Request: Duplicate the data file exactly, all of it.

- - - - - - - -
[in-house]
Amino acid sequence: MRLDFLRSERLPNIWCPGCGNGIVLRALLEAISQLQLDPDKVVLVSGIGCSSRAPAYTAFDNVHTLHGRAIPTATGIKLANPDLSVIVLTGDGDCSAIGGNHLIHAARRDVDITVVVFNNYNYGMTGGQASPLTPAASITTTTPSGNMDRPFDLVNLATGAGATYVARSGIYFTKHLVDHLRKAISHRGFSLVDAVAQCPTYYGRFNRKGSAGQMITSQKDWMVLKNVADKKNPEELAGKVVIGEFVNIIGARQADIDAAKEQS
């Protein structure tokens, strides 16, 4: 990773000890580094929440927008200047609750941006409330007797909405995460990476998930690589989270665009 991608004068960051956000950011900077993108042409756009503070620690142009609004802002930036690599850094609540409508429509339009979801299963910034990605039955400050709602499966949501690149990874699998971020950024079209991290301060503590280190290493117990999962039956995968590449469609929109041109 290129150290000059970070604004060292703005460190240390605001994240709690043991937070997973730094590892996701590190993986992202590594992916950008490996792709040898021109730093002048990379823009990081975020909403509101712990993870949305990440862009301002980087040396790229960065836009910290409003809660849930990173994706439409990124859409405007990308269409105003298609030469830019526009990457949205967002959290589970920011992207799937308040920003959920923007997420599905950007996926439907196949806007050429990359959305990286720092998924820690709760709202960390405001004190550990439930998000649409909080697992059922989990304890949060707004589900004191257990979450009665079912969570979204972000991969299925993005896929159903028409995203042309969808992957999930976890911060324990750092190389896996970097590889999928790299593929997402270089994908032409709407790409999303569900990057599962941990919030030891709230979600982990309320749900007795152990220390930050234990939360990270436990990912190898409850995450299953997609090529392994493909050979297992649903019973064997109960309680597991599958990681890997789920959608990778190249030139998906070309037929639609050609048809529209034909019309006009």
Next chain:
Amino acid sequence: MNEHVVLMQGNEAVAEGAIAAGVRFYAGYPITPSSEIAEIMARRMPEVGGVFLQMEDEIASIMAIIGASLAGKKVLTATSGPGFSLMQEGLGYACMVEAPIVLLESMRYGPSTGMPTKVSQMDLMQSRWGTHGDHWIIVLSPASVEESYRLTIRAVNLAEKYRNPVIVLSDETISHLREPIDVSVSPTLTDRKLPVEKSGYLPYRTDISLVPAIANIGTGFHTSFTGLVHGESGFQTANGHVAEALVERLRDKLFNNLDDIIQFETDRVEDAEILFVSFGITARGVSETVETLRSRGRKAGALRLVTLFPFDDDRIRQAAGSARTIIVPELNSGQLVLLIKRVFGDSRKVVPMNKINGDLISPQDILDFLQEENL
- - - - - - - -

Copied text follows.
[in-house]
Amino acid sequence: MRLDFLRSERLPNIWCPGCGNGIVLRALLEAISQLQLDPDKVVLVSGIGCSSRAPAYTAFDNVHTLHGRAIPTATGIKLANPDLSVIVLTGDGDCSAIGGNHLIHAARRDVDITVVVFNNYNYGMTGGQASPLTPAASITTTTPSGNMDRPFDLVNLATGAGATYVARSGIYFTKHLVDHLRKAISHRGFSLVDAVAQCPTYYGRFNRKGSAGQMITSQKDWMVLKNVADKKNPEELAGKVVIGEFVNIIGARQADIDAAKEQS
């Protein structure tokens, strides 16, 4: 990773000890580094929440927008200047609750941006409330007797909405995460990476998930690589989270665009 991608004068960051956000950011900077993108042409756009503070620690142009609004802002930036690599850094609540409508429509339009979801299963910034990605039955400050709602499966949501690149990874699998971020950024079209991290301060503590280190290493117990999962039956995968590449469609929109041109 290129150290000059970070604004060292703005460190240390605001994240709690043991937070997973730094590892996701590190993986992202590594992916950008490996792709040898021109730093002048990379823009990081975020909403509101712990993870949305990440862009301002980087040396790229960065836009910290409003809660849930990173994706439409990124859409405007990308269409105003298609030469830019526009990457949205967002959290589970920011992207799937308040920003959920923007997420599905950007996926439907196949806007050429990359959305990286720092998924820690709760709202960390405001004190550990439930998000649409909080697992059922989990304890949060707004589900004191257990979450009665079912969570979204972000991969299925993005896929159903028409995203042309969808992957999930976890911060324990750092190389896996970097590889999928790299593929997402270089994908032409709407790409999303569900990057599962941990919030030891709230979600982990309320749900007795152990220390930050234990939360990270436990990912190898409850995450299953997609090529392994493909050979297992649903019973064997109960309680597991599958990681890997789920959608990778190249030139998906070309037929639609050609048809529209034909019309006009």
Next chain:
Amino acid sequence: MNEHVVLMQGNEAVAEGAIAAGVRFYAGYPITPSSEIAEIMARRMPEVGGVFLQMEDEIASIMAIIGASLAGKKVLTATSGPGFSLMQEGLGYACMVEAPIVLLESMRYGPSTGMPTKVSQMDLMQSRWGTHGDHWIIVLSPASVEESYRLTIRAVNLAEKYRNPVIVLSDETISHLREPIDVSVSPTLTDRKLPVEKSGYLPYRTDISLVPAIANIGTGFHTSFTGLVHGESGFQTANGHVAEALVERLRDKLFNNLDDIIQFETDRVEDAEILFVSFGITARGVSETVETLRSRGRKAGALRLVTLFPFDDDRIRQAAGSARTIIVPELNSGQLVLLIKRVFGDSRKVVPMNKINGDLISPQDILDFLQEENL